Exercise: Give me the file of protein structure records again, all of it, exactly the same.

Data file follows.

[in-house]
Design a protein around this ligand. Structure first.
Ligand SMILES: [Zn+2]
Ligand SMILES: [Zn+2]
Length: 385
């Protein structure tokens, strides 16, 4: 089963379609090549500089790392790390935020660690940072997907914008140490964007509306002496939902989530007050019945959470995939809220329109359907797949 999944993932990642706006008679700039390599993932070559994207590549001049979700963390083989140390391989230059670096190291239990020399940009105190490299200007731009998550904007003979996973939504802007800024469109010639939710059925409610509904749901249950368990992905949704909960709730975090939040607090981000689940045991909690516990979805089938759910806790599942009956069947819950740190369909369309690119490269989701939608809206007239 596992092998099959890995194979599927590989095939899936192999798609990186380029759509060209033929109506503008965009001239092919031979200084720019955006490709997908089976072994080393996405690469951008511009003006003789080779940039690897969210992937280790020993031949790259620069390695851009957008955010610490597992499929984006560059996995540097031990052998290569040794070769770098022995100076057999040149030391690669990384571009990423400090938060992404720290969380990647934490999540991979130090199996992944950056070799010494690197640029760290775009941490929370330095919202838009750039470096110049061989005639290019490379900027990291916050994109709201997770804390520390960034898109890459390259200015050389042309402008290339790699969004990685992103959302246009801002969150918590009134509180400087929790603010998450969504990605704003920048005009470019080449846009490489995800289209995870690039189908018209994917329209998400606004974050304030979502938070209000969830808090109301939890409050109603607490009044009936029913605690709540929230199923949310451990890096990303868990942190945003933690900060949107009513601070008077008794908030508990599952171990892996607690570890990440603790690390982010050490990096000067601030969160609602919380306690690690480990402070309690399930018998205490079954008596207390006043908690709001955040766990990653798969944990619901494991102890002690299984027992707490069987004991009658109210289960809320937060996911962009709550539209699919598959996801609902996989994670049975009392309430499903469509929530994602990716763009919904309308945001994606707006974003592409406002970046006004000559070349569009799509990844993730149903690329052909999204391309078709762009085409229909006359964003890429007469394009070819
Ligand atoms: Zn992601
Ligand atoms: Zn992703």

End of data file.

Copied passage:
[in-house]
Design a protein around this ligand. Structure first.
Ligand SMILES: [Zn+2]
Ligand SMILES: [Zn+2]
Length: 385
């Protein structure tokens, strides 16, 4: 089963379609090549500089790392790390935020660690940072997907914008140490964007509306002496939902989530007050019945959470995939809220329109359907797949 999944993932990642706006008679700039390599993932070559994207590549001049979700963390083989140390391989230059670096190291239990020399940009105190490299200007731009998550904007003979996973939504802007800024469109010639939710059925409610509904749901249950368990992905949704909960709730975090939040607090981000689940045991909690516990979805089938759910806790599942009956069947819950740190369909369309690119490269989701939608809206007239 596992092998099959890995194979599927590989095939899936192999798609990186380029759509060209033929109506503008965009001239092919031979200084720019955006490709997908089976072994080393996405690469951008511009003006003789080779940039690897969210992937280790020993031949790259620069390695851009957008955010610490597992499929984006560059996995540097031990052998290569040794070769770098022995100076057999040149030391690669990384571009990423400090938060992404720290969380990647934490999540991979130090199996992944950056070799010494690197640029760290775009941490929370330095919202838009750039470096110049061989005639290019490379900027990291916050994109709201997770804390520390960034898109890459390259200015050389042309402008290339790699969004990685992103959302246009801002969150918590009134509180400087929790603010998450969504990605704003920048005009470019080449846009490489995800289209995870690039189908018209994917329209998400606004974050304030979502938070209000969830808090109301939890409050109603607490009044009936029913605690709540929230199923949310451990890096990303868990942190945003933690900060949107009513601070008077008794908030508990599952171990892996607690570890990440603790690390982010050490990096000067601030969160609602919380306690690690480990402070309690399930018998205490079954008596207390006043908690709001955040766990990653798969944990619901494991102890002690299984027992707490069987004991009658109210289960809320937060996911962009709550539209699919598959996801609902996989994670049975009392309430499903469509929530994602990716763009919904309308945001994606707006974003592409406002970046006004000559070349569009799509990844993730149903690329052909999204391309078709762009085409229909006359964003890429007469394009070819
Ligand atoms: Zn992601
Ligand atoms: Zn992703």